What are Microbes?

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There are ecosystems of multiple micro-environments in our environment where organisms compete for moisture and nutrients. Not all microorganisms are bad. In fact, they are essential to the world we live in.  Microorganisms include Bacteria, Fungi, Yeast, Algae, and Virus. These are found wherever moisture, temperature, a food source and a receptive surface allows.

When these microorganisms find this ideal environment in a building, they can cause staining, deterioration, rotting, corrosion, odors. They can affect structure, components, furnishings and inhabitants, cause SBS (Sick Building Syndrome), or BRI (Building Related Illness)

The living or biological indoor environment typically includes bacteria, fungi, insects, arachnids, mammals (such as rodents) and humans. The products and components of the living environment include proteins, enzymes, and glucans, endotoxins, mycotoxins, and volatile organic compounds.

Normal building flora usually associated with microenvironments include viable (living) and non-viable (dead) microorganism, such as environmental and human associated bacteria common fungi (yeast and molds) and their associated antigens, spores, toxins, volatile metabolites and enzymes.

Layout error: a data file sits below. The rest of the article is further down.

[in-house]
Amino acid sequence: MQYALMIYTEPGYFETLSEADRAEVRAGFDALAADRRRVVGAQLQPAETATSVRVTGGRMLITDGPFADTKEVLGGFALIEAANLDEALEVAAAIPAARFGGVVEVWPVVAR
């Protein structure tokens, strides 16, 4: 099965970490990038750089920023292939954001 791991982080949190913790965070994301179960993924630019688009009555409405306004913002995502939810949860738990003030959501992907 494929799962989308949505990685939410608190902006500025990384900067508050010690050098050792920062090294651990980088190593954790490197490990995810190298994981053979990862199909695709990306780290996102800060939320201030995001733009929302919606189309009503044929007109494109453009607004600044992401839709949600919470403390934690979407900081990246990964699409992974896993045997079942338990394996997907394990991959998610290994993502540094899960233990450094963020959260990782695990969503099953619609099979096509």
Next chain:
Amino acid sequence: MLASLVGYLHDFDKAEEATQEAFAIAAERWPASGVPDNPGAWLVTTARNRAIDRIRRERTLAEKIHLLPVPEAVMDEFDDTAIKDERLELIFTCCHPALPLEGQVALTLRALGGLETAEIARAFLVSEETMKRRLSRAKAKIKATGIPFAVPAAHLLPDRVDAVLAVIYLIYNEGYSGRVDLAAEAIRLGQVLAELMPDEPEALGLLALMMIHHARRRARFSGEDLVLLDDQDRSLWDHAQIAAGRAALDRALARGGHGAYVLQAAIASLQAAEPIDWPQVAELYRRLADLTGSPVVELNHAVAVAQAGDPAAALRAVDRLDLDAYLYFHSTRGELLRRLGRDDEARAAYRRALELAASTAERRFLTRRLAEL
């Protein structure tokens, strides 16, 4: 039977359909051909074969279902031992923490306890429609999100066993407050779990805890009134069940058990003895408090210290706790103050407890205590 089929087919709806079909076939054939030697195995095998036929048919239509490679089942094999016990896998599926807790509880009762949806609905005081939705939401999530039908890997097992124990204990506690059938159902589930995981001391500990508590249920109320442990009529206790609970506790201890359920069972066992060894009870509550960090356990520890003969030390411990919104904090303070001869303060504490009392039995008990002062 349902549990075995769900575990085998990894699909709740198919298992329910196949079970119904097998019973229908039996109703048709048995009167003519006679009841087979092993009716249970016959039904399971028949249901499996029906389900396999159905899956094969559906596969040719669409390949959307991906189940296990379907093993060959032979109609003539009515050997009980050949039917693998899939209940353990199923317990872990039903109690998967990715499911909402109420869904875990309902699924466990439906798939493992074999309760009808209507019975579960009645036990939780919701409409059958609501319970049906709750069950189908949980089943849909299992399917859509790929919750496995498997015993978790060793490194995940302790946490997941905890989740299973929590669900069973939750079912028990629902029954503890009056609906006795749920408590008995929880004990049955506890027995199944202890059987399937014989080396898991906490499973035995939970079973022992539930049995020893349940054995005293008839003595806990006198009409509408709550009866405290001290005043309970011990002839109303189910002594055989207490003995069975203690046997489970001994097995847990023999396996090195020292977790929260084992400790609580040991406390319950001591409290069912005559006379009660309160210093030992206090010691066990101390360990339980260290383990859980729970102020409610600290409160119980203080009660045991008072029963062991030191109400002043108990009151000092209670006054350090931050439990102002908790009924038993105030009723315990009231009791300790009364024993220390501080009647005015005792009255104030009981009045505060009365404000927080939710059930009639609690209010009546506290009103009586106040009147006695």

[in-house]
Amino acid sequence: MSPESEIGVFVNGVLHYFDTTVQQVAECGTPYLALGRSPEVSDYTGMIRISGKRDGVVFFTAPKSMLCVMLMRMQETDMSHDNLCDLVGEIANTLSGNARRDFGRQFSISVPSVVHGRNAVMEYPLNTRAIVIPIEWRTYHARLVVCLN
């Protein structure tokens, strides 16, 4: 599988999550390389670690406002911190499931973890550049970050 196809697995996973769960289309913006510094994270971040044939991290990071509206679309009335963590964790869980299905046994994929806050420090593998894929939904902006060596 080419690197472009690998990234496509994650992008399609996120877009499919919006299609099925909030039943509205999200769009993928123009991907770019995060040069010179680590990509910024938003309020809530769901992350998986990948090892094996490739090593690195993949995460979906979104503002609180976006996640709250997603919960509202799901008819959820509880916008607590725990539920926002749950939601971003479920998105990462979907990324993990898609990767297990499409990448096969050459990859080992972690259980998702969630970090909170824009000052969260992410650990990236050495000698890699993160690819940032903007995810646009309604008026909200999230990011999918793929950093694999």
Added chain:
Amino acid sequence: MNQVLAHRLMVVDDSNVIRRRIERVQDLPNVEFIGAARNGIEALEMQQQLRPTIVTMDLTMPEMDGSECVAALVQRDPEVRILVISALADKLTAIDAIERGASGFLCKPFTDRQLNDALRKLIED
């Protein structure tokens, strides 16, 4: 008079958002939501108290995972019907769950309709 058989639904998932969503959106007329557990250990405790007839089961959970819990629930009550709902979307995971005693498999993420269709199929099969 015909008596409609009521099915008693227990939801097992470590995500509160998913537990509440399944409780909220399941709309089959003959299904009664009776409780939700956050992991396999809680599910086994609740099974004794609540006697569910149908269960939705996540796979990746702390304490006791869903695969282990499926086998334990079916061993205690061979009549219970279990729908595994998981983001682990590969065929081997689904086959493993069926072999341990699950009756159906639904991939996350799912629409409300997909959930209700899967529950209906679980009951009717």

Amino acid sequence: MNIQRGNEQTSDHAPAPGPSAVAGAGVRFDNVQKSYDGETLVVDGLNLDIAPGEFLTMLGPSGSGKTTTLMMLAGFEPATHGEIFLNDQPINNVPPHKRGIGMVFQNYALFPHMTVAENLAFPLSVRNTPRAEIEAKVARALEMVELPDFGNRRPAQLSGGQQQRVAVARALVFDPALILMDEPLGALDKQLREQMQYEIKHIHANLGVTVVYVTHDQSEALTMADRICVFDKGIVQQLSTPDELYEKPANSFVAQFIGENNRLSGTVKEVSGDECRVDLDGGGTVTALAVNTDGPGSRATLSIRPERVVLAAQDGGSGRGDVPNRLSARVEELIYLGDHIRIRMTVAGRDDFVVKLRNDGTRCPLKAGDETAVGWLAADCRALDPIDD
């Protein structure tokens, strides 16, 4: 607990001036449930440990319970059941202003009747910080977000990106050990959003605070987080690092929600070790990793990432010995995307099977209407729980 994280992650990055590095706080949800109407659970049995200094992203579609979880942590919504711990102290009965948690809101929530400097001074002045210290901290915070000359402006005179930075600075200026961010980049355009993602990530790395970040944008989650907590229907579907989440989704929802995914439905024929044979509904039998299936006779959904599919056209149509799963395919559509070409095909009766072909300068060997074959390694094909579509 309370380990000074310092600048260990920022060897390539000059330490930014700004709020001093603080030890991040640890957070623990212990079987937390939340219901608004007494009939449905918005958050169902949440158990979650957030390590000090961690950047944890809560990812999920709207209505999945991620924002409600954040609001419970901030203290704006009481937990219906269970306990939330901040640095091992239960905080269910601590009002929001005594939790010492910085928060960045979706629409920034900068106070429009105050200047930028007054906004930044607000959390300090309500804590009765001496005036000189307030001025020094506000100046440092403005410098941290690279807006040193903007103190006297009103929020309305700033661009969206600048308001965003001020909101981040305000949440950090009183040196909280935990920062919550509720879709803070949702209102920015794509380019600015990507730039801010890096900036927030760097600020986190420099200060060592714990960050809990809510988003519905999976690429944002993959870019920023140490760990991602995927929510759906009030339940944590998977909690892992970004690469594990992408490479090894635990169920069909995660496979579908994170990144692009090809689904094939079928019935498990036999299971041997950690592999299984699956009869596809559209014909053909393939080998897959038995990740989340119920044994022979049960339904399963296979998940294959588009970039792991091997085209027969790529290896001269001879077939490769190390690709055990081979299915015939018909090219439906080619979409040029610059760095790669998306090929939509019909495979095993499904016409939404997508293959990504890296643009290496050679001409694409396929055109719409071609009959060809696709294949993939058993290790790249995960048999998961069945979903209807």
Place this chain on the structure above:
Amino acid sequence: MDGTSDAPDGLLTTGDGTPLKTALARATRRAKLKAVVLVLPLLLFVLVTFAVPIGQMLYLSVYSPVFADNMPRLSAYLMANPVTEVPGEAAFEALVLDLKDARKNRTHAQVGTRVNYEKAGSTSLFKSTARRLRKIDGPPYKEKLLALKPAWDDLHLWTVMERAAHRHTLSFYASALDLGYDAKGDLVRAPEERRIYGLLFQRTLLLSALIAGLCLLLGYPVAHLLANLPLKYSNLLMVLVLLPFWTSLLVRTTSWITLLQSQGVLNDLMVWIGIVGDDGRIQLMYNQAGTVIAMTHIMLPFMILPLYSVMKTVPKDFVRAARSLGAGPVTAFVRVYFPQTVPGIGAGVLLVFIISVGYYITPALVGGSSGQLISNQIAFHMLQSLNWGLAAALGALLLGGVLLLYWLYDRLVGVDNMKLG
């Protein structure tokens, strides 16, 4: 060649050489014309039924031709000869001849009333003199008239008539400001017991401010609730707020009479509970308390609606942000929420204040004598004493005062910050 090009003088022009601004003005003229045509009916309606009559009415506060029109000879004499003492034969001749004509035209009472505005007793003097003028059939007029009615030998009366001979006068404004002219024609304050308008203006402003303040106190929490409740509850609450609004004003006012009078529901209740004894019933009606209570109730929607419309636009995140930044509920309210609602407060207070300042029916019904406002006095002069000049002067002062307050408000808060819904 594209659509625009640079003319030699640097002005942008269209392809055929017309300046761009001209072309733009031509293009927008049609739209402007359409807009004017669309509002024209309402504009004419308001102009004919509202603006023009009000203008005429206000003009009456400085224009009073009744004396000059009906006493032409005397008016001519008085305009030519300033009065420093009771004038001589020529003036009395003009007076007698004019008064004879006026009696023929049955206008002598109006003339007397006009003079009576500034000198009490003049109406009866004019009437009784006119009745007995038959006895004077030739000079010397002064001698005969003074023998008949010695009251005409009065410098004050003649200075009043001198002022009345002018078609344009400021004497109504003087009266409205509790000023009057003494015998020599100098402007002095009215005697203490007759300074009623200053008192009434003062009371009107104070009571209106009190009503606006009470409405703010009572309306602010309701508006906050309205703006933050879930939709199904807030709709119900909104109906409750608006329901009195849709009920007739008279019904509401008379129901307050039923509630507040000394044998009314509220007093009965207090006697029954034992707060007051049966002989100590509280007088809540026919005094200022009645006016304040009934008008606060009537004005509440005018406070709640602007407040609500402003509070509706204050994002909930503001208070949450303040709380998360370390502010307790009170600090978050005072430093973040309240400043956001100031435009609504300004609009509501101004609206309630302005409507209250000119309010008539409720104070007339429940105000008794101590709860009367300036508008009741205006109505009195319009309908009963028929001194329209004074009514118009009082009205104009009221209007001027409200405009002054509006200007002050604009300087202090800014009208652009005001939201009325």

There are different classifications for these organisms that allow scientist to understand how the organism fits in with the rest of the ecosystem. Bacteria, Archaea, Eukarya.


Bacteria can be more resilient than mold, and doesn’t always need oxygen, or much of a food source. Ike mold, the most critical component is water. Keeping a structure clean and dry will go a long way to prevent bacterial growth.  All one needs to do is leave spilled my, or cat urine on your carpet for a day to witness bacterial growth in damp conditions. Clean and dry doesn’t always stop bacteria though, as anyone who has swapped germs on a doorknob can attest.

Bacterial Growth

A single cell bacteria organism can multiply from one to one billion in just 18 hours

Bacteria grow by a process called binary fission. They can double every 15 minutes. This process involves the original bacteria “splitting” and forming two genetically identical bacteria. This growth through splitting occurs very quickly and results in exponential growth. In the table below, you can see that, under ideal conditions, bacteria can go from 1 cell to 4.7 x 1021 cells in only 24 hours! Can’t quite put your head around that number? It’s estimated that the Milky Way has 300 billion stars, or 3.0 x 109; you would need over a trillion Milky Ways to have the same number of stars as 4.7 x 1021 bacteria.

With this incredible growth in mind, it becomes apparent that simply performing a one-time disinfection of a surface will not provide protection for very long. It only takes a single bacterium to land on the surface, replicate and turn into trillions of bacteria.


  • Present in every environment where light is available
  • They are plants – contain chlorophyll
  • Usually green
  • From tiny cells to giant multicellular structures i.e.. Seaweed
  • Produce odors and toxic byproducts
  • Can be corrosive, cause pitting in metal, foul heat exchangers, fuel


  • Neither plant nor animal
  • Different from bacteria because they have a nucleus
  • Reproduce by spores


Fungi can be divided into 3 groups;

  • (1) Yeasts
  • (2) Mushrooms